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Posts from the ‘Tax’ Category

The OAS Pension Recovery Tax What To Do if the Clawback Ain’t For You (Part 2)

Introduction

Now that you know how the OAS pension clawback is applied and its actual effects on your bottom line in after-tax dollars, I want to pass along ways you can organize your affairs so that you can get (and keep!) as much of your Old Age Security Pension that is humanly possible. Since a lot (but not all) of these techniques focus on keeping your taxable income down, you might also save some income tax dollars, too, if you’re not careful.

Before diving in, I realized that there was one additional situation where I see seniors taking an unwanted sojourn into the clawback zone that merits comment: the curse of the saver. If you are one of those thrifty and savvy investors who actually grow their incomes during retirement, you could unwittingly end up in the clawback zone at some point. Even if you don’t become a regular inhabitant, you still may be an occasional visitor during years you report significant capital gains. Accordingly, this article is written for those of you as well in the hopes of keeping your visits to this unpopular destination as infrequent as possible.

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The OAS Pension Recovery Tax: What To Do if the Claw back Ain’t For You

If you really want to light a fire in belly of most middle class retirees, I strongly suggest turning the conversation to how their OAS pensions are reduced if their taxable incomes top about $71,000 as of July, 2014. More specifically, they will lose $.15 for every dollar in taxable income they receive above that point until, if they make enough, their entire OAS pension of $6,618.48 (what most long-time Canadians receive if they take their pension as soon as possible as of May, 2014) is a thing of the past. I plan to use this and a subsequent article or two to explain how the claw back works and some steps you can take to minimize the impact. Today’s offering will set the stage and explain why dividends may not be as good as advertised when the claw back comes calling.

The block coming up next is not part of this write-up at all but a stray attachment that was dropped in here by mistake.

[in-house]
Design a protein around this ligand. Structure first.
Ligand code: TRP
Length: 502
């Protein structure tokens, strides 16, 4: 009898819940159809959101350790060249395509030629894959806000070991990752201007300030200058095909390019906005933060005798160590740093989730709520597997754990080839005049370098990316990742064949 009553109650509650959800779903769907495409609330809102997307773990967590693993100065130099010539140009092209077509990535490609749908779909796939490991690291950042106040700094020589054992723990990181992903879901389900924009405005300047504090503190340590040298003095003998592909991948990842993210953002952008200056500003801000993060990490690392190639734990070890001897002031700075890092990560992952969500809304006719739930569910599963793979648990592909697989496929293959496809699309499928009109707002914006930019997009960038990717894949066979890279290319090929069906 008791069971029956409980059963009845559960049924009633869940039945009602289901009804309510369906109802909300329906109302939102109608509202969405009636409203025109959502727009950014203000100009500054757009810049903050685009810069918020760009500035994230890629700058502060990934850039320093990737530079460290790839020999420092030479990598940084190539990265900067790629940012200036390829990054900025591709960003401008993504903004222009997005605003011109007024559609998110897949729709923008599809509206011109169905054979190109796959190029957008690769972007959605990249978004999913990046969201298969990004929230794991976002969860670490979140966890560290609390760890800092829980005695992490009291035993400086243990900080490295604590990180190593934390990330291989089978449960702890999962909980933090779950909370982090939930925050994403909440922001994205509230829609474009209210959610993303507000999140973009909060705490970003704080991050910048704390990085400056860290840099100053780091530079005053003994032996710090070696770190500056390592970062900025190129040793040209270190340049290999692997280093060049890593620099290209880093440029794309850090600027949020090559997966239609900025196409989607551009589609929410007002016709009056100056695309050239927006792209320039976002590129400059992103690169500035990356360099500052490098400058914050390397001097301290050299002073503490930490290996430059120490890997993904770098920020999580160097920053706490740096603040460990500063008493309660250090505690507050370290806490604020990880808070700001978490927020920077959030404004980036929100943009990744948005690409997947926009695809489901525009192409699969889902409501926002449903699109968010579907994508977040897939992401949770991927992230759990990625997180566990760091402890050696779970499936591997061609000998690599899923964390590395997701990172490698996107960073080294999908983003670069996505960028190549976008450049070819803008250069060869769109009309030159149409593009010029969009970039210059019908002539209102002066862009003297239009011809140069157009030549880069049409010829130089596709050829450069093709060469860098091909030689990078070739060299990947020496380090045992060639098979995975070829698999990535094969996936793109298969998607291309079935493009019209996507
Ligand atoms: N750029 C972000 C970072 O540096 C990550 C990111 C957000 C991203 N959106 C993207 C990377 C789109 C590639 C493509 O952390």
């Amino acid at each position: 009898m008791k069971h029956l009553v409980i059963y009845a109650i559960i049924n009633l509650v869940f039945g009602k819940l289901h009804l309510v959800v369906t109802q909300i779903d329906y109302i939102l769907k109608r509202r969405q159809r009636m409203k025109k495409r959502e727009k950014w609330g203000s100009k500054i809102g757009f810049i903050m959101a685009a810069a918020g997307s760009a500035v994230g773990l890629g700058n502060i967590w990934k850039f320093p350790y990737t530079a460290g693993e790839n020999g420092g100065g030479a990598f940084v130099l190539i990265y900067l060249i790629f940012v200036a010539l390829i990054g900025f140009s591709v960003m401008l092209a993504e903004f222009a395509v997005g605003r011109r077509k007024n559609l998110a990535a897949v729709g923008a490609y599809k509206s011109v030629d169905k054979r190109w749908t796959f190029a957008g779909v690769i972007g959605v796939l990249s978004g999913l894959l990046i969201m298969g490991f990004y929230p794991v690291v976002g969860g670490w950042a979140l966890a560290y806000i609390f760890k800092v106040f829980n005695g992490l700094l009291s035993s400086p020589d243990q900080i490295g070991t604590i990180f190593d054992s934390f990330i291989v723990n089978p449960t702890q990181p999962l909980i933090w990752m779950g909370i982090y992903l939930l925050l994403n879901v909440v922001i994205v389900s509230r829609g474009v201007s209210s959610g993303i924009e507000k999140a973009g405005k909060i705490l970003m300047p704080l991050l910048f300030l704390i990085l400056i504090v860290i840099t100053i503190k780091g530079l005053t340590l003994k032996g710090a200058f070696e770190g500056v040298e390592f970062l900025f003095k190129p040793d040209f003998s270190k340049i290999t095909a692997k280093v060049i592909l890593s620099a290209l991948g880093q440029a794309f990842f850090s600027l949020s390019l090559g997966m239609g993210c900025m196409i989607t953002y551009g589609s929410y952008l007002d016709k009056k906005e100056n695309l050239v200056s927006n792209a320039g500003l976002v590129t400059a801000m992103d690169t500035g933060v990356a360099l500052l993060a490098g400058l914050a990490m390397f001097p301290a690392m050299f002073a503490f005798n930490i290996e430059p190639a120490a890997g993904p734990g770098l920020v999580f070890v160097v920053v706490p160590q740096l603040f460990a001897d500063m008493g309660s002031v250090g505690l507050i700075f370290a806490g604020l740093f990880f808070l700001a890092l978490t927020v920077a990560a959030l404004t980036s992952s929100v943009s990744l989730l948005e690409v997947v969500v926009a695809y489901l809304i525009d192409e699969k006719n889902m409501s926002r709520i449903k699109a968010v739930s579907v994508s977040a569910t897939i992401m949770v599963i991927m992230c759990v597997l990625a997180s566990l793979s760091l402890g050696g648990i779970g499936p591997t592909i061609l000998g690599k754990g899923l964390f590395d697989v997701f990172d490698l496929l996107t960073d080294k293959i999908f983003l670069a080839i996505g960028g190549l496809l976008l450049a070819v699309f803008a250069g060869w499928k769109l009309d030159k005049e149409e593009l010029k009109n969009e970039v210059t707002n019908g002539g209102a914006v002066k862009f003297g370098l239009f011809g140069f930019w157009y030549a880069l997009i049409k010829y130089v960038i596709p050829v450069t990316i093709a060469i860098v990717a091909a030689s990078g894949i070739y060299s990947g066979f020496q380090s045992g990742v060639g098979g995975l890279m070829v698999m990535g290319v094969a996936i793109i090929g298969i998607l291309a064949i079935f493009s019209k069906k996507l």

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Participating Life Insurance – The Third and Final Chapter

For those of you waiting with bated breath, here is the third and final installment in my series on Participating Whole Life Insurance aka "Par Policies." The first and second chapters of this exciting story describe what these things are and how they work, including some information on what the insurer considers when determining what to pay you in policy dividends each year, and exploring your different choices for what to do with these things, along with the tax consequences. Today, we get practical. I'll talk about some of the different types of Par Policies currently available, how you can use them to help fund your retirement and, perhaps most importantly, what to consider when you're looking to buy a policy. With no further ado, here goes . . .

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More on Par Policies a.k.a. “Participating Whole Life Insurance”

Introduction

This article continues the conversation begun in my last article on Par Policies. For those of you who haven't read it or have quickly repressed the details from your memory, here's a brief recap. Par Policies are a type of permanent life insurance that allows policyholders to reap some of the insurance company's rewards in exchange for taking on some of its risks. You take on these risks by paying a higher initial premium. The insurer doesn't expect its costs each year to be as high as it assumed when calculating your premium, so policyholders typically get some of their extra premium dollars back each year through something called a "policy dividend." How much do you get back? This is stated as a percentage and is called the "dividend scale." I'll now talk a bit more about this delightful thing and will see where the conversation goes from there.

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